I googled. There was a Q&A for the exact problem on superuser. The default-command option of tmux is the default shell. I had a hardcoded bash there! By the way, reattach-to-user-namespace is for sharing Mac's clipboard with tmux.

set-option -g default-command "reattach-to-user-namespace -l bash"

I updated it with SHELL environment variable so that I can migrate to any shell in the future!

set-option -g default-command "reattach-to-user-namespace -l ${SHELL}"

Command prompt

Then I installed oh-my-zsh and copied my .bash_profile to .zshrc. Most of the content of my .bash_profile were aliases and PATHs. They worked fine on zsh too.

But zsh has a different format for prompt. oh-my-zsh provides a lot of nice prompt themes, but I wanted to keep using the one that I had configured with bash. Let's migrate it to zsh.

oh-my-zsh has a directory for custom themes (.oh-my-zsh/custom/themes). I moved the custom directory to my dotfiles repo and symlinked it so that I can manage my custom theme with Git without forking oh-my-zsh itself. [Update on Oct 24, 2019] I realized that this symlink approach prevents updates of oh-my-zsh because it modifies the files in the git local clone of oh-my-zsh. The official customization guide recommends to use ZSH_CUSTOM variable to specify the location of a custom directory. Now I'm using ZSH_CUSTOM to point to a directory in my dotfiles repo.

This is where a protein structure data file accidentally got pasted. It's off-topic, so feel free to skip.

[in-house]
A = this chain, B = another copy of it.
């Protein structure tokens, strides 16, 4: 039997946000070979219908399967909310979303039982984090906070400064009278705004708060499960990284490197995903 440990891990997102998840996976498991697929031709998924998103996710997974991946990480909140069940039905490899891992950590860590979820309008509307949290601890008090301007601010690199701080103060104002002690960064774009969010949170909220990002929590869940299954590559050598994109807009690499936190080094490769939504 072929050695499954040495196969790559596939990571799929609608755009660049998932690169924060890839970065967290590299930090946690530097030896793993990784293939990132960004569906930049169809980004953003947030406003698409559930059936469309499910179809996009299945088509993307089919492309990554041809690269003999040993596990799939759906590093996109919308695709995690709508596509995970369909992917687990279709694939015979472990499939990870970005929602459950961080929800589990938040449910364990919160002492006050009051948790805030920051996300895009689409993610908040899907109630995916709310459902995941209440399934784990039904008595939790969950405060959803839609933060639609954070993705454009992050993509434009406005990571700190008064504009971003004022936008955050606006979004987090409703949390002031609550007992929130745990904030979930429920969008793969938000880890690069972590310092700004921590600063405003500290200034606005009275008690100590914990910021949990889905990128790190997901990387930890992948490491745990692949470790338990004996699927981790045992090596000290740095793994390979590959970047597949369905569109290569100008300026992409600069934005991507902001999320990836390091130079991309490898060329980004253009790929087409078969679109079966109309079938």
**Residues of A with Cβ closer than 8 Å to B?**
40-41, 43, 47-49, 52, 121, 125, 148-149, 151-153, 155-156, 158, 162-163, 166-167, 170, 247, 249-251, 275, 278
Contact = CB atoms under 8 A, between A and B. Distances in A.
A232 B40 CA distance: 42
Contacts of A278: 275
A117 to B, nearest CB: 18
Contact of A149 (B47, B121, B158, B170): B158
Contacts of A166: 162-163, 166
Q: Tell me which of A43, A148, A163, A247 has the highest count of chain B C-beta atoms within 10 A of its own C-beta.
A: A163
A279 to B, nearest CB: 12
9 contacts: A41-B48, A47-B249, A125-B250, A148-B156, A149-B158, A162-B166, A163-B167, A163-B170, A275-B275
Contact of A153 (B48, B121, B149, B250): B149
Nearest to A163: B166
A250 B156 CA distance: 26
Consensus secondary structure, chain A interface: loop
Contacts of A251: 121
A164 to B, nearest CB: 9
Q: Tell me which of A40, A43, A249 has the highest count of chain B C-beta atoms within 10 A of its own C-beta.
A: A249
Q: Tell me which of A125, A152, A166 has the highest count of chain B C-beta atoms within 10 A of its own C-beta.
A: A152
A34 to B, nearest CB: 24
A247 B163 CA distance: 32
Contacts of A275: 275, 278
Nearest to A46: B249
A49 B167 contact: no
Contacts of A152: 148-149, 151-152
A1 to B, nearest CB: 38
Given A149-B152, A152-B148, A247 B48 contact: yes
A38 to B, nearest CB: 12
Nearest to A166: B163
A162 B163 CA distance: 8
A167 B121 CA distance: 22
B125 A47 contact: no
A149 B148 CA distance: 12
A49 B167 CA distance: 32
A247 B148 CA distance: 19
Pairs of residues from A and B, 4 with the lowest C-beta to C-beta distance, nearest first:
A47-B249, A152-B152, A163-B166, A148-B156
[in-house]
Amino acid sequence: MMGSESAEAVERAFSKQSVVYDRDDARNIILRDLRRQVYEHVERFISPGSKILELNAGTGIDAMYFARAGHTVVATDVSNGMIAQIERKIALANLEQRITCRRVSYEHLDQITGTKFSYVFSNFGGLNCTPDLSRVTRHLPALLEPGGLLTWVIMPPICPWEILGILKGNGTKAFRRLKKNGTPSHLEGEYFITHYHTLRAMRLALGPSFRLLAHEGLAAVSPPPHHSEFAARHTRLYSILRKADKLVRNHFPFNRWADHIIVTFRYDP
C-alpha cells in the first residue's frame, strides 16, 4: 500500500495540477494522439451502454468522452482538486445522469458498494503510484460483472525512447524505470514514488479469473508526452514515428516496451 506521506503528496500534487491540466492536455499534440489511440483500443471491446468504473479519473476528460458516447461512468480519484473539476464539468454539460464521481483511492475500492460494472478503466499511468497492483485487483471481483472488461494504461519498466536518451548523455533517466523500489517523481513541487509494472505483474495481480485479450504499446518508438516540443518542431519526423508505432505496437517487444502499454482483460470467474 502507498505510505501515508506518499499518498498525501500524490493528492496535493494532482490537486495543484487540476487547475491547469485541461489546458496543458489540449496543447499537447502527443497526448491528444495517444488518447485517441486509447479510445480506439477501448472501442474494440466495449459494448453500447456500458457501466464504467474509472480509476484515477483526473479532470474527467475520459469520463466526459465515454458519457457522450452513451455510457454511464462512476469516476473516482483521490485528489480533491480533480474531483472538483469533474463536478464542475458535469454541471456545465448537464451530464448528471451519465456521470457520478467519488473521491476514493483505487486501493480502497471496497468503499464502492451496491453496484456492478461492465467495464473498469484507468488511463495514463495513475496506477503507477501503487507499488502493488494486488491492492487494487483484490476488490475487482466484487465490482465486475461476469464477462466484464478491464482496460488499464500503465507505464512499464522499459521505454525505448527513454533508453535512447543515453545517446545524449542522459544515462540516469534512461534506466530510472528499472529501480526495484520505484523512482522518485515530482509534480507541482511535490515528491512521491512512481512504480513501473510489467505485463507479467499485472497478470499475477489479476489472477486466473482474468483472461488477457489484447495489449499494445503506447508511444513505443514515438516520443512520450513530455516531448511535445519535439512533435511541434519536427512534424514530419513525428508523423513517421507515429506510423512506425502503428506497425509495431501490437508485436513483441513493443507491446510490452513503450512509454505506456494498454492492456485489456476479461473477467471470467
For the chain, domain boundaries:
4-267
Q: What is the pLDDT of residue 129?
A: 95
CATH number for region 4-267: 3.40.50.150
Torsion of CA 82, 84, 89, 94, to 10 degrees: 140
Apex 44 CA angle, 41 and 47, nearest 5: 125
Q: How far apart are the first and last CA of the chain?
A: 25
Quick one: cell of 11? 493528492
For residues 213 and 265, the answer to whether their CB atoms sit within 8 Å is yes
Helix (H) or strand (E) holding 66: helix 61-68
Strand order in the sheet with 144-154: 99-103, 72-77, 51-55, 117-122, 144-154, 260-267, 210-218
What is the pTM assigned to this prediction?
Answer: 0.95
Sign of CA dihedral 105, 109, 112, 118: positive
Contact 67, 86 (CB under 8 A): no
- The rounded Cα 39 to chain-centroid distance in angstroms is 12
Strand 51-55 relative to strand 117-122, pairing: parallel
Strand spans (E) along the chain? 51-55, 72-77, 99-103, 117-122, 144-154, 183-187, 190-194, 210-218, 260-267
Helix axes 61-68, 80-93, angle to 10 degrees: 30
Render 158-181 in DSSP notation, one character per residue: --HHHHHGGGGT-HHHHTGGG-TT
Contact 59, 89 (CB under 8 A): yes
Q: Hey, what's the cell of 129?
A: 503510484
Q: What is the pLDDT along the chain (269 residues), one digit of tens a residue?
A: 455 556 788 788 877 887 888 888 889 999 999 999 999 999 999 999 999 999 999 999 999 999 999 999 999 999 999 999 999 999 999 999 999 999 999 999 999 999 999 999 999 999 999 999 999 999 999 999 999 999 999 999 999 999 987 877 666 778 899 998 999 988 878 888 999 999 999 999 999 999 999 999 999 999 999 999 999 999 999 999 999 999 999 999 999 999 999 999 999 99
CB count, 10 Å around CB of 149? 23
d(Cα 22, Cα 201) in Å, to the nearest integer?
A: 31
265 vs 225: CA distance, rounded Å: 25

Eventually, I came up with a theme like this:

my custom theme


# %~ is the current working directory relative to the home directory
PROMPT+=' $(git_prompt_info)'
PROMPT+=' %(?.$FG[154].$FG[009])€%{$reset_color%} '

Each oh-my-zsh theme defines a variable called PROMPT. Aside from its syntax, I was not sure how and when PROMPT was evaluated. In hindsight, it is a string that is built once when a session starts or source .zshrc. Every time a prompt is shown, PROMPT is evaluated, meaning escapes (starting with %) and variables in it are expanded.


At the beginning, I was baffled by how to specify colors. For example, the following PROMPT shows "some red text" in red.

PROMPT='%{$fg[red]%}some red text%{$reset_color%}'

$fg[red] has the code that makes its following text red. $reset_color has the code that resets the color. The tricky part is that these codes need to be surrounded by %{ and %} in PROMPT.